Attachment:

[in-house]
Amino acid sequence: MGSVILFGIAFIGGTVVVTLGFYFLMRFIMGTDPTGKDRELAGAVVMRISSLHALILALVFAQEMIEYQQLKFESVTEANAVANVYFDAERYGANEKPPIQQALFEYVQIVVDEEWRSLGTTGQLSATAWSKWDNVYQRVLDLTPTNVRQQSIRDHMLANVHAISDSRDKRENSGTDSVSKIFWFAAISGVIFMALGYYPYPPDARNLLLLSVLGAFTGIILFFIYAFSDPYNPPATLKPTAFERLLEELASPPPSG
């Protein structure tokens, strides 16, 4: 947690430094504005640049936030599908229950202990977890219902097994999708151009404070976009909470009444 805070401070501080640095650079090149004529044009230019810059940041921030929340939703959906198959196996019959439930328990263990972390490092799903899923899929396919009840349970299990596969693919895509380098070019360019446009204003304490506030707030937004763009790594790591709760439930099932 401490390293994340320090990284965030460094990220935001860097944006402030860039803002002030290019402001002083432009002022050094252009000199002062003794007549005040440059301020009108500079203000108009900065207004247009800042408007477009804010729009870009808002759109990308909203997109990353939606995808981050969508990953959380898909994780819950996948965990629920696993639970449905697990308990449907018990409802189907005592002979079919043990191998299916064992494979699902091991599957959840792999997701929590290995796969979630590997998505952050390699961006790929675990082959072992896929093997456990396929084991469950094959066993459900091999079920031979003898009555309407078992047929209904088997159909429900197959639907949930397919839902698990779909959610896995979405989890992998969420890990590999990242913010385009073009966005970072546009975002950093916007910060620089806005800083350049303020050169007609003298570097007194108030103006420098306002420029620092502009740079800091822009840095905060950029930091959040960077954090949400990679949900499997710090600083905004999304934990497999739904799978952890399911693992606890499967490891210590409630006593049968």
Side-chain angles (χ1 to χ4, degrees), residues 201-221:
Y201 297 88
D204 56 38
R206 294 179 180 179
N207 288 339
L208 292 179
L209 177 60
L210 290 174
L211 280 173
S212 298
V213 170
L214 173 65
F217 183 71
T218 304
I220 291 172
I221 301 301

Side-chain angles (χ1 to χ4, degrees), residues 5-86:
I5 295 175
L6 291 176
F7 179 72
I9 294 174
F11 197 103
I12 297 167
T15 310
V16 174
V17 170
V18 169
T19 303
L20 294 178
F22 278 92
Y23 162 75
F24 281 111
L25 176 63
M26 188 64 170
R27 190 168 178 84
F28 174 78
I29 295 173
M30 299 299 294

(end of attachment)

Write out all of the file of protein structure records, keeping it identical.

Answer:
[in-house]
Amino acid sequence: MGSVILFGIAFIGGTVVVTLGFYFLMRFIMGTDPTGKDRELAGAVVMRISSLHALILALVFAQEMIEYQQLKFESVTEANAVANVYFDAERYGANEKPPIQQALFEYVQIVVDEEWRSLGTTGQLSATAWSKWDNVYQRVLDLTPTNVRQQSIRDHMLANVHAISDSRDKRENSGTDSVSKIFWFAAISGVIFMALGYYPYPPDARNLLLLSVLGAFTGIILFFIYAFSDPYNPPATLKPTAFERLLEELASPPPSG
């Protein structure tokens, strides 16, 4: 947690430094504005640049936030599908229950202990977890219902097994999708151009404070976009909470009444 805070401070501080640095650079090149004529044009230019810059940041921030929340939703959906198959196996019959439930328990263990972390490092799903899923899929396919009840349970299990596969693919895509380098070019360019446009204003304490506030707030937004763009790594790591709760439930099932 401490390293994340320090990284965030460094990220935001860097944006402030860039803002002030290019402001002083432009002022050094252009000199002062003794007549005040440059301020009108500079203000108009900065207004247009800042408007477009804010729009870009808002759109990308909203997109990353939606995808981050969508990953959380898909994780819950996948965990629920696993639970449905697990308990449907018990409802189907005592002979079919043990191998299916064992494979699902091991599957959840792999997701929590290995796969979630590997998505952050390699961006790929675990082959072992896929093997456990396929084991469950094959066993459900091999079920031979003898009555309407078992047929209904088997159909429900197959639907949930397919839902698990779909959610896995979405989890992998969420890990590999990242913010385009073009966005970072546009975002950093916007910060620089806005800083350049303020050169007609003298570097007194108030103006420098306002420029620092502009740079800091822009840095905060950029930091959040960077954090949400990679949900499997710090600083905004999304934990497999739904799978952890399911693992606890499967490891210590409630006593049968």
Side-chain angles (χ1 to χ4, degrees), residues 201-221:
Y201 297 88
D204 56 38
R206 294 179 180 179
N207 288 339
L208 292 179
L209 177 60
L210 290 174
L211 280 173
S212 298
V213 170
L214 173 65
F217 183 71
T218 304
I220 291 172
I221 301 301

Side-chain angles (χ1 to χ4, degrees), residues 5-86:
I5 295 175
L6 291 176
F7 179 72
I9 294 174
F11 197 103
I12 297 167
T15 310
V16 174
V17 170
V18 169
T19 303
L20 294 178
F22 278 92
Y23 162 75
F24 281 111
L25 176 63
M26 188 64 170
R27 190 168 178 84
F28 174 78
I29 295 173
M30 299 299 294